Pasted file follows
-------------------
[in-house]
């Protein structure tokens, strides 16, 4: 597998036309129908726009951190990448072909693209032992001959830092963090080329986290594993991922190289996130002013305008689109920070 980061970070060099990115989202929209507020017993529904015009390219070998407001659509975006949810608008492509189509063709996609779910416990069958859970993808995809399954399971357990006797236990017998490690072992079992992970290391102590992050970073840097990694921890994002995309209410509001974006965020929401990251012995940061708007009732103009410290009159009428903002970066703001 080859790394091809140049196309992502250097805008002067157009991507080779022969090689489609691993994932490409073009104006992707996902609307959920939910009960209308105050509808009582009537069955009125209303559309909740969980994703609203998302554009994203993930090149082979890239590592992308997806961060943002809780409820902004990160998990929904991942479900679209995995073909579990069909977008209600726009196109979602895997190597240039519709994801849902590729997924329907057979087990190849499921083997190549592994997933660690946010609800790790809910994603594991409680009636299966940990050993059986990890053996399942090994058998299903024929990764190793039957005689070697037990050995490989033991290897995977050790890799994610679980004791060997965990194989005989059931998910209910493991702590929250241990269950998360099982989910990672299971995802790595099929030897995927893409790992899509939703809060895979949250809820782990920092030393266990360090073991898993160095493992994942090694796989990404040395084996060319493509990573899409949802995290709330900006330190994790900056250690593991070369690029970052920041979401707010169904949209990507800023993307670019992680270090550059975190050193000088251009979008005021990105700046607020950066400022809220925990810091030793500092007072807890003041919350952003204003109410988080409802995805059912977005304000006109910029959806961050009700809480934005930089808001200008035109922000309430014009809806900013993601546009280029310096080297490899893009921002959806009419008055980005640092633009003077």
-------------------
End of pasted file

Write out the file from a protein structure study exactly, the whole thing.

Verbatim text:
[in-house]
């Protein structure tokens, strides 16, 4: 597998036309129908726009951190990448072909693209032992001959830092963090080329986290594993991922190289996130002013305008689109920070 980061970070060099990115989202929209507020017993529904015009390219070998407001659509975006949810608008492509189509063709996609779910416990069958859970993808995809399954399971357990006797236990017998490690072992079992992970290391102590992050970073840097990694921890994002995309209410509001974006965020929401990251012995940061708007009732103009410290009159009428903002970066703001 080859790394091809140049196309992502250097805008002067157009991507080779022969090689489609691993994932490409073009104006992707996902609307959920939910009960209308105050509808009582009537069955009125209303559309909740969980994703609203998302554009994203993930090149082979890239590592992308997806961060943002809780409820902004990160998990929904991942479900679209995995073909579990069909977008209600726009196109979602895997190597240039519709994801849902590729997924329907057979087990190849499921083997190549592994997933660690946010609800790790809910994603594991409680009636299966940990050993059986990890053996399942090994058998299903024929990764190793039957005689070697037990050995490989033991290897995977050790890799994610679980004791060997965990194989005989059931998910209910493991702590929250241990269950998360099982989910990672299971995802790595099929030897995927893409790992899509939703809060895979949250809820782990920092030393266990360090073991898993160095493992994942090694796989990404040395084996060319493509990573899409949802995290709330900006330190994790900056250690593991070369690029970052920041979401707010169904949209990507800023993307670019992680270090550059975190050193000088251009979008005021990105700046607020950066400022809220925990810091030793500092007072807890003041919350952003204003109410988080409802995805059912977005304000006109910029959806961050009700809480934005930089808001200008035109922000309430014009809806900013993601546009280029310096080297490899893009921002959806009419008055980005640092633009003077």